From today, 30 September 2020, homeowners and landlords can apply for a Green Home Grant. The grant, in the form of a voucher, can fund up to two thirds of the cost of upgrading the energy performance of your home (maximum £5000 government contribution). Low income households will be eligible for up to 100% government […]
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Green Home Grants
A Green Home Grant can help you improve the energy performance and comfort of your home. This page can help you decide the most effective ways to spend your grant to improve your home.
What is A Green Home Grant (GHG)?
Homeowners and landlords can apply for a voucher to fund up to two thirds of the cost of upgrading the energy performance of your home (maximum £5000 government contribution). Low income households will be eligible for up to 100% government funding, up to around £10,000.
The Green Homes Grant Scheme will provide vouchers to install one or more primary energy saving measures:
- Solid wall, under-floor, cavity wall or roof insulation
- Air source or ground source heat pump
- Solar thermal
There are conditions attached to some of the measures. The measures have to be installed by a tradesman who is a TrustMark Registered Business or MCS Certified.
When installing a primary measure, the voucher can also be used to cover the cost of any of the following secondary measures:
- Draught proofing
- Double/triple glazing (where replacing single glazed windows)
- Secondary glazing (in addition to single glazing)
- External energy efficient doors (replacing single glazed or solid doors installed before 2002)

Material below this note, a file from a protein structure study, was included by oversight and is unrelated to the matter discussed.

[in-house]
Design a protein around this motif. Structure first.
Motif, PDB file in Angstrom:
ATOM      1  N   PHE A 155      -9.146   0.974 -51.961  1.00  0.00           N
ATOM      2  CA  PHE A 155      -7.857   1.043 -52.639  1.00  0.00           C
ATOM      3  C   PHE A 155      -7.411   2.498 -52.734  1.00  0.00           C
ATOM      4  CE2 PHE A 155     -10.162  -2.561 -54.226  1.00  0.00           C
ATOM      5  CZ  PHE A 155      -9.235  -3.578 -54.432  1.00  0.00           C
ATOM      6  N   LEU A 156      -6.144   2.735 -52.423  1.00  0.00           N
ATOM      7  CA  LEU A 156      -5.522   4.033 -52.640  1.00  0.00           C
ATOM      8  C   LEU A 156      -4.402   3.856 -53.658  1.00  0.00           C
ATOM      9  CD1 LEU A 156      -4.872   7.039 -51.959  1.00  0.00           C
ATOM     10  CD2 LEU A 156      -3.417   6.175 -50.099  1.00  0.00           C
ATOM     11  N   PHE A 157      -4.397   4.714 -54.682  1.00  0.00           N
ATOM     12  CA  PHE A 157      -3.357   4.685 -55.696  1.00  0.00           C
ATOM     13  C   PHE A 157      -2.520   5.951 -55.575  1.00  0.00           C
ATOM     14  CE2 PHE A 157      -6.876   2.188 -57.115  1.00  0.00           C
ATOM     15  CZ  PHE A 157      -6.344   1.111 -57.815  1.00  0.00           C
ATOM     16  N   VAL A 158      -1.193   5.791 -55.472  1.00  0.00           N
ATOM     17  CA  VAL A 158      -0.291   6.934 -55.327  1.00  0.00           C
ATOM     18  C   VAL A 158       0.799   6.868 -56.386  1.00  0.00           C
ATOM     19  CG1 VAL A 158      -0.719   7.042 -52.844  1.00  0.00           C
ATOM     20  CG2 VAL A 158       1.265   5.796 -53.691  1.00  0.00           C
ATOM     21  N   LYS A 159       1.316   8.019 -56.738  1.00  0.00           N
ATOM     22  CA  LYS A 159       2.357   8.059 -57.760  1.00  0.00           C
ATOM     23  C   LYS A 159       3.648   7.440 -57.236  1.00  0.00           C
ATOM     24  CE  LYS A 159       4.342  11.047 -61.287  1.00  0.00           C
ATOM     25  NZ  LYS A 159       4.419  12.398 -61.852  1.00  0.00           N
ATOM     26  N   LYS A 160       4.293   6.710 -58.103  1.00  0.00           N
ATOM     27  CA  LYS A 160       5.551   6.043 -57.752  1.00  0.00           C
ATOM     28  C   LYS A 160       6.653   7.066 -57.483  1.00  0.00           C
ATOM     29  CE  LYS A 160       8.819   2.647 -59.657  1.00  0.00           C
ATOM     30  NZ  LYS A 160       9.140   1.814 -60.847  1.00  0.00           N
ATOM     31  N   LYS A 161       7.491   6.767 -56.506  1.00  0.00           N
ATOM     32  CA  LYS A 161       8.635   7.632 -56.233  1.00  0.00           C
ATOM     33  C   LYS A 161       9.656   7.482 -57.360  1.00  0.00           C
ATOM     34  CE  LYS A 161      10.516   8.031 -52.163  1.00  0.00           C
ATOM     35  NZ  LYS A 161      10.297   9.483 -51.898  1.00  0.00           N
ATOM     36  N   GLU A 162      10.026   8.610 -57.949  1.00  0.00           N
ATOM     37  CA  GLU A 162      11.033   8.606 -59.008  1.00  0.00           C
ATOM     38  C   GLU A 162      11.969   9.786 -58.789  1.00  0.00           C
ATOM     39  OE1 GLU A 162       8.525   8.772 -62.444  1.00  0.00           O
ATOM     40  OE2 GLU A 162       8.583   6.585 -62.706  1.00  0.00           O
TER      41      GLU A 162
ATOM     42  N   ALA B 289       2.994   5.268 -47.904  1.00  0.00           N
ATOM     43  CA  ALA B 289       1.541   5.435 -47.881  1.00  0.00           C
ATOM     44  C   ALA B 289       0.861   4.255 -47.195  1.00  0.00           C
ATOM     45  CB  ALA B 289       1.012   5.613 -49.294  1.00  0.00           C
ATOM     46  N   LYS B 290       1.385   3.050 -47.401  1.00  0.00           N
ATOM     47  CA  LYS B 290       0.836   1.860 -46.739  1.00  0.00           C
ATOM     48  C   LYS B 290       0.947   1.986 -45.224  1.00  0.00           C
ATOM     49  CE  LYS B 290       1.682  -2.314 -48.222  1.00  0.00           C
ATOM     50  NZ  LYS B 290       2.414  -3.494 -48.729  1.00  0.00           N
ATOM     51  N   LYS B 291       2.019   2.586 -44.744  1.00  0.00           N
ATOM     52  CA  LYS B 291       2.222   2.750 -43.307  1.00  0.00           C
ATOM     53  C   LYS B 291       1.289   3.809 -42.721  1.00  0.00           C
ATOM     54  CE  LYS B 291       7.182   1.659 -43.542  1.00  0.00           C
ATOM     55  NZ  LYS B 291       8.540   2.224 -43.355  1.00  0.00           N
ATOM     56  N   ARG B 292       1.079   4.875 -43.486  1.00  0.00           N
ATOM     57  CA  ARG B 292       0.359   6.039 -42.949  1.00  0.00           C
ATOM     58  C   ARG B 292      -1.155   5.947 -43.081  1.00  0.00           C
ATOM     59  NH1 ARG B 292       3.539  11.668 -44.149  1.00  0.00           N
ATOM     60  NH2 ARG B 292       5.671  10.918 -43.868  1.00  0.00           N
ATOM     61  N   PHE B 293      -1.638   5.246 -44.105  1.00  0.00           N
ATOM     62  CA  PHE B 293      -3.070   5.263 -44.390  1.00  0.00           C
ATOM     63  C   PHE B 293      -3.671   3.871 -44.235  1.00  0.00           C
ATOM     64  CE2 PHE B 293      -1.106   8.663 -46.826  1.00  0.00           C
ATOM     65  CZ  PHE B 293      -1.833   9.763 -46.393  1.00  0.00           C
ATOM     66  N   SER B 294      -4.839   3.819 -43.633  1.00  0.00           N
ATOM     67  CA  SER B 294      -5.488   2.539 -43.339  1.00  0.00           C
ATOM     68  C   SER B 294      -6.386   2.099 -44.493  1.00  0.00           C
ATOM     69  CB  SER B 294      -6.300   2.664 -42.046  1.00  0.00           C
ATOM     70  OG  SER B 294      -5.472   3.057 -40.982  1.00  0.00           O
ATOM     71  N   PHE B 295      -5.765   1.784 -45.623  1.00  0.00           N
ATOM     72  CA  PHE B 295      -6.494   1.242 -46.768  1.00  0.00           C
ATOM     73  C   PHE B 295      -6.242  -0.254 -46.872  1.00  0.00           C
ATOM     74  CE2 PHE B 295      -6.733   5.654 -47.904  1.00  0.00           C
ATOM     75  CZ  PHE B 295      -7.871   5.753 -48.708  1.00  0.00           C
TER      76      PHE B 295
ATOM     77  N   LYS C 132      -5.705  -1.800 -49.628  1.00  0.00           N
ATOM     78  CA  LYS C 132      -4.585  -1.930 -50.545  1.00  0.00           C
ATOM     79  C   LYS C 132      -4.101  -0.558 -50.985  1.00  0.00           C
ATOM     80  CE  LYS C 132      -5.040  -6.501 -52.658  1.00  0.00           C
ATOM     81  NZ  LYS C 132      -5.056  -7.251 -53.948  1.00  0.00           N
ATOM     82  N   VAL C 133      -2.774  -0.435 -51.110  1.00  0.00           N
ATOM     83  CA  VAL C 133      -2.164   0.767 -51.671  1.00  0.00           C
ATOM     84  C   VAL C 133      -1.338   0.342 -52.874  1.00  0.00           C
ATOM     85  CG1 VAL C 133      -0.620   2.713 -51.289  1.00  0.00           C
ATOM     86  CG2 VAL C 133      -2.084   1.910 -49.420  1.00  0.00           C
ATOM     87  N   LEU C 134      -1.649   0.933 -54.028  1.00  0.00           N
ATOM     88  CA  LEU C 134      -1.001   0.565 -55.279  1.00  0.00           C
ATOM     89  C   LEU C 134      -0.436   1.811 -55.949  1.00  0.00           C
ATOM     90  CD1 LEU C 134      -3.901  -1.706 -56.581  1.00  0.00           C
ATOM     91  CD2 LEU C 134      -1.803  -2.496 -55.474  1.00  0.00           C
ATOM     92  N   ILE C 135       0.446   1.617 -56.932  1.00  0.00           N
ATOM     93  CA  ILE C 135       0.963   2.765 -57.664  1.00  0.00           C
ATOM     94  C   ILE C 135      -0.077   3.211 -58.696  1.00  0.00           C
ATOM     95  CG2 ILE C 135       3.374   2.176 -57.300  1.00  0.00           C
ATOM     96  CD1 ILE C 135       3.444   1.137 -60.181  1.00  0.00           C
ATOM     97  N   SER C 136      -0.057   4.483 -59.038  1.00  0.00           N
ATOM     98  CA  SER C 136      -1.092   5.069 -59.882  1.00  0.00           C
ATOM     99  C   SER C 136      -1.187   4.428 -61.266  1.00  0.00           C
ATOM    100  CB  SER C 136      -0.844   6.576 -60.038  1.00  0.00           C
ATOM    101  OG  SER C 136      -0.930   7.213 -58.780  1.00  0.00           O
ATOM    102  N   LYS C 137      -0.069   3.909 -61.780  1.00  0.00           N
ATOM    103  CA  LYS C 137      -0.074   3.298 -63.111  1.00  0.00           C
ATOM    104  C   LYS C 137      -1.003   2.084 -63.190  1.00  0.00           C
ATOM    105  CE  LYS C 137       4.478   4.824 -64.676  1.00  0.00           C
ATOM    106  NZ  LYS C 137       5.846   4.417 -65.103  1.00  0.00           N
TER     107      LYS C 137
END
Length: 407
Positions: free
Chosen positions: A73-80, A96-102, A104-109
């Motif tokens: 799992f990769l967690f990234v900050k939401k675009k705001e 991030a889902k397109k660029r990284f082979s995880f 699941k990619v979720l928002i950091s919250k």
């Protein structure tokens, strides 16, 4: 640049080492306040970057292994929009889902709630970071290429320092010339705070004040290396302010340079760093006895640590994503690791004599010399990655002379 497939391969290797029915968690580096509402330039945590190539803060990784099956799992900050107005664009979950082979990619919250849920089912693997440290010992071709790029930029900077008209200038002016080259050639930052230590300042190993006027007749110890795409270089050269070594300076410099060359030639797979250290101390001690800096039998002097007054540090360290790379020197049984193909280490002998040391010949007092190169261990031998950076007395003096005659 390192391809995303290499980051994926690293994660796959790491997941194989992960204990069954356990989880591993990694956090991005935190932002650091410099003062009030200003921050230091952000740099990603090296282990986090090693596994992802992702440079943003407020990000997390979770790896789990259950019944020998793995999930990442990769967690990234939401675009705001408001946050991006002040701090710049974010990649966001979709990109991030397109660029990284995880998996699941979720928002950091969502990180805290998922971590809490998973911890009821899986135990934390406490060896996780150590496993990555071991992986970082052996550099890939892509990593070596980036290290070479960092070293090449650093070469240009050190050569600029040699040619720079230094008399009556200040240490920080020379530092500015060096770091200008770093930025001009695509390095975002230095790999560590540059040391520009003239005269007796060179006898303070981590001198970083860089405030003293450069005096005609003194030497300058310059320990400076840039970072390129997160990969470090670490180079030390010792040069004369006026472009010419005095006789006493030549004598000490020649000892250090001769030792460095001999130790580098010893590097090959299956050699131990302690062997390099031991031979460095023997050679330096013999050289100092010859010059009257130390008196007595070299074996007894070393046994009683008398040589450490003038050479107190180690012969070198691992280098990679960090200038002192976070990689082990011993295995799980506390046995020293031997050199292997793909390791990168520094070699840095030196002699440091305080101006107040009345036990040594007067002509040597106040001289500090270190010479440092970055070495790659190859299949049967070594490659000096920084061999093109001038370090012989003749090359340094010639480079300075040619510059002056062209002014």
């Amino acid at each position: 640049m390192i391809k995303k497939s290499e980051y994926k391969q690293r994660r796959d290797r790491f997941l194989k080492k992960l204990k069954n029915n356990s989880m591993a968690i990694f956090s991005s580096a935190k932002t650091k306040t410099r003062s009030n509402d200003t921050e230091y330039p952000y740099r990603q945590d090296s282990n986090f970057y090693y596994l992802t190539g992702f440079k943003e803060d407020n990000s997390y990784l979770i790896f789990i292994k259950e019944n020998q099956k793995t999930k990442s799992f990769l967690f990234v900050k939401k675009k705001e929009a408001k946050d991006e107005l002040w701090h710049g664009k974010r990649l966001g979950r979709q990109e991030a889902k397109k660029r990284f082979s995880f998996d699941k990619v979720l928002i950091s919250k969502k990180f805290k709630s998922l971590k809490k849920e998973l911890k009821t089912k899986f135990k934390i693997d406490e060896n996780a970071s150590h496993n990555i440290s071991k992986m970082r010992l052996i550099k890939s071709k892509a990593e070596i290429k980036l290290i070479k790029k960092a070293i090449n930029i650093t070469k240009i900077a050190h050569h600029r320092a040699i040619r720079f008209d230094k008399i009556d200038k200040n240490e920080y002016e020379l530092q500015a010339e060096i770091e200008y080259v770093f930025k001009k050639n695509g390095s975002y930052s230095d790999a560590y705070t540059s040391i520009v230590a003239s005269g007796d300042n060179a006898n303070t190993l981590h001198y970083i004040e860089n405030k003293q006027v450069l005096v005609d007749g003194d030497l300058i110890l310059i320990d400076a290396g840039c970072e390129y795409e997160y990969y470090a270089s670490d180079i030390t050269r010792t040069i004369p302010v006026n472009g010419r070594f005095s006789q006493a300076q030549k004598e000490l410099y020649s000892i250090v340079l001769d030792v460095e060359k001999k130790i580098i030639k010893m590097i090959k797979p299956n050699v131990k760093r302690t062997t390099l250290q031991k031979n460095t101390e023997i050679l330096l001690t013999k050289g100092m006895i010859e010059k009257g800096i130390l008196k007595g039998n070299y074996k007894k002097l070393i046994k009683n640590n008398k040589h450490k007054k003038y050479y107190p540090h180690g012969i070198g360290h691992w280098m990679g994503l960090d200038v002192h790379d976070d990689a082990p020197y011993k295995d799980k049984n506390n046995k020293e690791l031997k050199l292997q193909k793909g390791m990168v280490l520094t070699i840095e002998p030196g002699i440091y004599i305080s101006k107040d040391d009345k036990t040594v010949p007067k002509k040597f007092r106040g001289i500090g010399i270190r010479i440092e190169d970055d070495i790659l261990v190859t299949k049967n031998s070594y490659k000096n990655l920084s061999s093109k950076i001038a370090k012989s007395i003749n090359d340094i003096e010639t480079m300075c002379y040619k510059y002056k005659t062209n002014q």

- Heating controls
- Hot water tank thermostats and insulation
Applying for a Green Home Grant
Online applications for home in England opened on 30 September 2020 at: green-homes-grant.service.gov.uk
- the name and date of birth of the property owner or owners
- the name and date of birth of anyone living in the property who is receiving benefits
- a quote for the work from a TrustMark-registered tradesperson
- the TrustMark licence number of your chosen tradesperson
Which GHG Measure Is Best For My Home?
Best advice is generally to consider a whole house approach and ensure that spend is directed towards delivering an overall reduction in energy use whilst improving comfort levels. To find out more about the whole house approach read our article on Eco homes.
It is better to reduce the overall energy demand by reducing heat losses through the building fabric, before making improvements in heating systems. When making any improvements there are a number of factors that need to be considered:
- Reducing heat loss and improving thermal comfort
- Improving ventilation and reducing damp
- Avoiding overheating in the summer
- Overall occupant comfort
These factors are all interrelated. By making an improvement in insulation levels, it is import that the ventilation levels are not reduced or that the home will overheat in the summer months.
IMPROVING INSULATION AND VENTILATION
Improving insulation to reduce heat loss through the building fabric helps reduce energy bills but it is only part of the story and needs to tackled alongside reducing ventilation heat losses whilst also ensuring adequate ventilation. Consider the surface heat losses through:
and also think about the ventilation losses, allowing cold air through:
- Loft hatches
- Open chimneys
- Extractor fans
- Gaps in floorboards and skirting boards
- …and even letterboxes
Low energy building design approaches such as PassivHaus produce a well insulated almost air-tight building that is mechanically ventilated (Read about Mechanical Ventilation Heat Recovery Systems).